A significant number of events that CFP Board detected during the background check and initial criteria review fell outside the 7-year period, were settled for under the threshold amount excluded by the severity thresholds, or previously were investigated.
CFP Board also sent cautionary letters to those CFP® professionals with potential misconduct that occurred between seven and ten years ago, without investigating those matters. Cautionary letters serve several functions, including putting the recipient on notice that if they come under investigation again, the existence of the letter can be considered an aggravating factor during the adjudication of a subsequent charge of misconduct that would be relevant in determining an appropriate sanction.
The background check and further evaluation process resulted in the opening of “Historical Investigations” involving 1,266 CFP® professionals, or approximately 1.4% of the total CFP® professional population.
CFP Board dedicated substantial staff and other resources to form teams to investigate these CFP® professionals. Most CFP Board investigations do not result in public sanctions. In investigations where there were probable cause to believe there are grounds for sanction, CFP Board presented a Complaint containing the alleged violations to the Disciplinary and Ethics Commission (“Commission”).
The Commission is responsible for deciding whether misconduct has occurred, and if so, what sanction is appropriate. It comprises experienced CFP® professionals and public members who provide a peer-review process for reviewing alleged violations. As part of that process, a CFP® professional can:
- Respond to the complaint,
- Present evidence,
- Call witnesses,
- Be represented by counsel, and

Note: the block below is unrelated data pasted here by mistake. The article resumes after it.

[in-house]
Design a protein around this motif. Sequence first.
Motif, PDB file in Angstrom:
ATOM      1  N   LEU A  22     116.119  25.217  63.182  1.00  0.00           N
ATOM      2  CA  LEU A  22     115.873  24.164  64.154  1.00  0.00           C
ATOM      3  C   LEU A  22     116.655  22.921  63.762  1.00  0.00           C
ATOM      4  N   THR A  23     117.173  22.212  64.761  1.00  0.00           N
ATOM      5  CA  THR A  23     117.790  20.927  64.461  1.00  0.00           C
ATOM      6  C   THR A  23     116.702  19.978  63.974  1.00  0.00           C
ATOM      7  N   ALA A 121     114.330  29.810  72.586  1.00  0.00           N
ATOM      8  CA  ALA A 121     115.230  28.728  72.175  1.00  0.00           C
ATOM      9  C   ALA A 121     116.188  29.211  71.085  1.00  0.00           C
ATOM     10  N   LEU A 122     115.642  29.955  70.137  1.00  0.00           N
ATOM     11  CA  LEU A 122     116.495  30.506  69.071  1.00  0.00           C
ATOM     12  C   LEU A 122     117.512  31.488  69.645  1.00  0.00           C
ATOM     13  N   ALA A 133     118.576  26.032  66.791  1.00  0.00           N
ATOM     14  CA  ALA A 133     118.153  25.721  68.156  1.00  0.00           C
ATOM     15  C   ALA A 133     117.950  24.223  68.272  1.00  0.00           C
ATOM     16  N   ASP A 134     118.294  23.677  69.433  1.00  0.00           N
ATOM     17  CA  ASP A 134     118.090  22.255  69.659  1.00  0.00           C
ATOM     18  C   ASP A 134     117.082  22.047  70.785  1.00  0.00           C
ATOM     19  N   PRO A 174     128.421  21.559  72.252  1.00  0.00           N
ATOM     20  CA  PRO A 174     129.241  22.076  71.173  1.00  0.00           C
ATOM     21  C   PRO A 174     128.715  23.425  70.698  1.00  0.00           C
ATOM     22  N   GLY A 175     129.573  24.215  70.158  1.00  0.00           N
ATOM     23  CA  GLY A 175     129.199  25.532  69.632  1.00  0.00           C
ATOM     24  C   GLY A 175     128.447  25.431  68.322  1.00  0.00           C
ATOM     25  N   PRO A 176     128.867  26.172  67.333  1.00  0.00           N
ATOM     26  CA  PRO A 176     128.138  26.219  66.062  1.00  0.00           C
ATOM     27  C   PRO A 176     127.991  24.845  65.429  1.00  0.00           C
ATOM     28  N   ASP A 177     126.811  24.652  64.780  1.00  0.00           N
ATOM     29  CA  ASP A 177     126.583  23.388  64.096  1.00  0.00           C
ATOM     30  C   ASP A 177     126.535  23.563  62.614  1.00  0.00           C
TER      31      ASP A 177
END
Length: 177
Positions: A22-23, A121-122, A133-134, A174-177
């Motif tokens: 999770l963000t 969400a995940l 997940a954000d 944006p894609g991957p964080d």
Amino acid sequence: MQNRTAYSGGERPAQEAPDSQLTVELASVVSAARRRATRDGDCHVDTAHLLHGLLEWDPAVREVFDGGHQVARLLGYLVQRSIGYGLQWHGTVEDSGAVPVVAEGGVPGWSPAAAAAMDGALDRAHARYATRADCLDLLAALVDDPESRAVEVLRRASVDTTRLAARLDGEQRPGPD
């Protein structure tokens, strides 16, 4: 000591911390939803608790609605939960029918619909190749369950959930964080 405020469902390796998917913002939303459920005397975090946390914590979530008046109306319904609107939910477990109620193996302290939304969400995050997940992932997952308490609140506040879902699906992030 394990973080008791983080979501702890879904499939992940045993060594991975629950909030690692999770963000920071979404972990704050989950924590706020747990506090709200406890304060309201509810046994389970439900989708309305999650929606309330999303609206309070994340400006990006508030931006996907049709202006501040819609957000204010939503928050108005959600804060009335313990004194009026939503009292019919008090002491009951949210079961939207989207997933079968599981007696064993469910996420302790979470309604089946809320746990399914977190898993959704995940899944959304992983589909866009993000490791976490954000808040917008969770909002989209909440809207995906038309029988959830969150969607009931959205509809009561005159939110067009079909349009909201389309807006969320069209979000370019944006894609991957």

- Appear before the Commission.
In cases where CFP Board proves grounds of misconduct, the Commission may impose a sanction including a private censure, a public censure, a suspension, or a revocation of the right to use the CFP® marks.
The Commission normally meets six times a year to review any matter in which CFP Board has alleged that a CFP® professional has violated the Code and Standards, or its predecessor, the Standards of Professional Conduct. However, to accommodate the increased activity resulting from of the Historical Investigations project, the Commission temporarily doubled its normal meeting schedule, with meetings occurring monthly throughout 2021 and into the first half of 2022. This allowed CFP Board to issue public sanctions against more than 130 individuals in 2021.
CFP Board is nearing completion of the 1,266 investigations. Many of the more than 200+ public sanctions that CFP Board issued in 2020 and 2021 resulted from the Historical Investigations.
As the Historical Investigations near completion, CFP Board’s Detection function will undergo an independent audit. The audit will examine whether CFP Board is consistently detecting and investigating misconduct in accordance with CFP Board’s case opening criteria.